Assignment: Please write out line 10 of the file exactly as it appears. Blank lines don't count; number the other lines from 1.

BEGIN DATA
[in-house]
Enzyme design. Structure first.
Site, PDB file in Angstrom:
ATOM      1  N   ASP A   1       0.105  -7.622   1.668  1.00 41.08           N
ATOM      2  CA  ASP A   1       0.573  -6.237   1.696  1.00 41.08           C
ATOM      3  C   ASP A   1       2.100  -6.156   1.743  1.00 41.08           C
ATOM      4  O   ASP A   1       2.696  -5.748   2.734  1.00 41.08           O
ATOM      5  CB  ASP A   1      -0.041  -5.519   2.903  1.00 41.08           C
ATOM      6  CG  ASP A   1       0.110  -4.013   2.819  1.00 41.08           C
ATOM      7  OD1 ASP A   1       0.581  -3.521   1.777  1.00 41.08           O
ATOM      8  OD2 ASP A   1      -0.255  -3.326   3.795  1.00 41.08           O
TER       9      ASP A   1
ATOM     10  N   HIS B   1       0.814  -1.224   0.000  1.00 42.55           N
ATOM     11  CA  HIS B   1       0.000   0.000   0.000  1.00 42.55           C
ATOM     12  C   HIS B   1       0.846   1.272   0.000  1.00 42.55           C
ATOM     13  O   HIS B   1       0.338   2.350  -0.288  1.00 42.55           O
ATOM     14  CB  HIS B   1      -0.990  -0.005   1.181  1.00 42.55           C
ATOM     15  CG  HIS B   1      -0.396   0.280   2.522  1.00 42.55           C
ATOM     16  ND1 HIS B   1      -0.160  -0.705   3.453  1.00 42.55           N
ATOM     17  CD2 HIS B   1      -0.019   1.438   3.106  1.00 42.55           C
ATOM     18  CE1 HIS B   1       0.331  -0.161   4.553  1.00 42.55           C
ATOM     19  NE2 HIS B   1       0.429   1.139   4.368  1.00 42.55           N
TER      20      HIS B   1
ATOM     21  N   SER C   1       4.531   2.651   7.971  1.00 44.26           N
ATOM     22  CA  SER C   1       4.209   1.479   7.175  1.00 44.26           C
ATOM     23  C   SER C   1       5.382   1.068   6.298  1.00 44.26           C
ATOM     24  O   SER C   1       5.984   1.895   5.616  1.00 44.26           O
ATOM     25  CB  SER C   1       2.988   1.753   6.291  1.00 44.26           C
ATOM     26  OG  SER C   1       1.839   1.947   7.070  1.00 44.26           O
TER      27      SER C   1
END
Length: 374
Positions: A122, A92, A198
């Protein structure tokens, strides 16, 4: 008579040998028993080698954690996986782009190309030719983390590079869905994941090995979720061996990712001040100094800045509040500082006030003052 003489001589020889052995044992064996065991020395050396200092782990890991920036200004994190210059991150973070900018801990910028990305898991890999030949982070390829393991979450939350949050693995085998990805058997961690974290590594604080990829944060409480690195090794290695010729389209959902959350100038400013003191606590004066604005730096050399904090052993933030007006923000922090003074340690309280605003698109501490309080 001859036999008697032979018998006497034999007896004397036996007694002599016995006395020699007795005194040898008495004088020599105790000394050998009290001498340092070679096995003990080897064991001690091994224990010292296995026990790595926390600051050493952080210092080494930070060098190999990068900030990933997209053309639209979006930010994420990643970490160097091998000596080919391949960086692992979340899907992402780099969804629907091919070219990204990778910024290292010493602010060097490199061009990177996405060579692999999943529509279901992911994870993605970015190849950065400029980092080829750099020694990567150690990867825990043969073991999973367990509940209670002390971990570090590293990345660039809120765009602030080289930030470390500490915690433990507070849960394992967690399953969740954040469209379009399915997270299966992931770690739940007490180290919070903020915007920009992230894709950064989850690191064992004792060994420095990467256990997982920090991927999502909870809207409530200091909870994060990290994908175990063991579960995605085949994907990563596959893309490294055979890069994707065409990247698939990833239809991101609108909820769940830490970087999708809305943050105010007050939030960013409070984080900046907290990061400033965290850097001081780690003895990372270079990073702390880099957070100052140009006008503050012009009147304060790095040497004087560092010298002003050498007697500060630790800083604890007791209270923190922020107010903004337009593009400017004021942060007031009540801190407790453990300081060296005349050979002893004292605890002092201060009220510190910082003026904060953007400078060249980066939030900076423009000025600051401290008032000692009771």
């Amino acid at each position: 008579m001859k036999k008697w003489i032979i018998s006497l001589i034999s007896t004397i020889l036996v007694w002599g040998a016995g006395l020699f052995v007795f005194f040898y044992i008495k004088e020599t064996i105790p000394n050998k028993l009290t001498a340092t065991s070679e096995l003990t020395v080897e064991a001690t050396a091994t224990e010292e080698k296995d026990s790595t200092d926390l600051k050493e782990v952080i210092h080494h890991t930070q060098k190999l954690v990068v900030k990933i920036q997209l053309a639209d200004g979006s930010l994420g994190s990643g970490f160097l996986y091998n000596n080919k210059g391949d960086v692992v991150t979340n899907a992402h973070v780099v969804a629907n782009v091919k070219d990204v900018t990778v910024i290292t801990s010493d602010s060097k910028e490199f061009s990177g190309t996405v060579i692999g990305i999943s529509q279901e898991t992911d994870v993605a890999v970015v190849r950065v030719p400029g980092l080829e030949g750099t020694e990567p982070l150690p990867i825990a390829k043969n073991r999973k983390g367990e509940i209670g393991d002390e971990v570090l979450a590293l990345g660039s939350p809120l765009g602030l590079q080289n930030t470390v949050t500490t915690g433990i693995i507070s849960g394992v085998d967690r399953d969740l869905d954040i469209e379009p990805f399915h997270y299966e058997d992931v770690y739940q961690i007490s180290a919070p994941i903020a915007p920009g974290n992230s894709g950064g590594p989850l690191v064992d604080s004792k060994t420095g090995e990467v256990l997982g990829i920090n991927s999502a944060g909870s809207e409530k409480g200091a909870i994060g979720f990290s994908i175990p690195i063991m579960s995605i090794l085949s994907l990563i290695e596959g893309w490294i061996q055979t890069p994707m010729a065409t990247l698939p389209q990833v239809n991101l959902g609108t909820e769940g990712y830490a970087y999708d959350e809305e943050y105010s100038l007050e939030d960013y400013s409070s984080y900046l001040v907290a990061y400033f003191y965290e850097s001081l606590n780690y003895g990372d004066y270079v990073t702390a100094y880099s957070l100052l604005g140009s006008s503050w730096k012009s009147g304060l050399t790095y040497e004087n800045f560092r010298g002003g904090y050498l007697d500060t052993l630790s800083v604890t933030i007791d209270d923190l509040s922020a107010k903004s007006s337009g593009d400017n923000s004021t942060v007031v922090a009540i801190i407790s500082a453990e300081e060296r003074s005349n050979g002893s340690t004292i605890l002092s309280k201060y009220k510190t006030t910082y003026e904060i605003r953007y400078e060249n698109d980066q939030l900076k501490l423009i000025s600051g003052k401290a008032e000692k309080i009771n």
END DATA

ATOM      7  OD1 ASP A   1       0.581  -3.521   1.777  1.00 41.08           O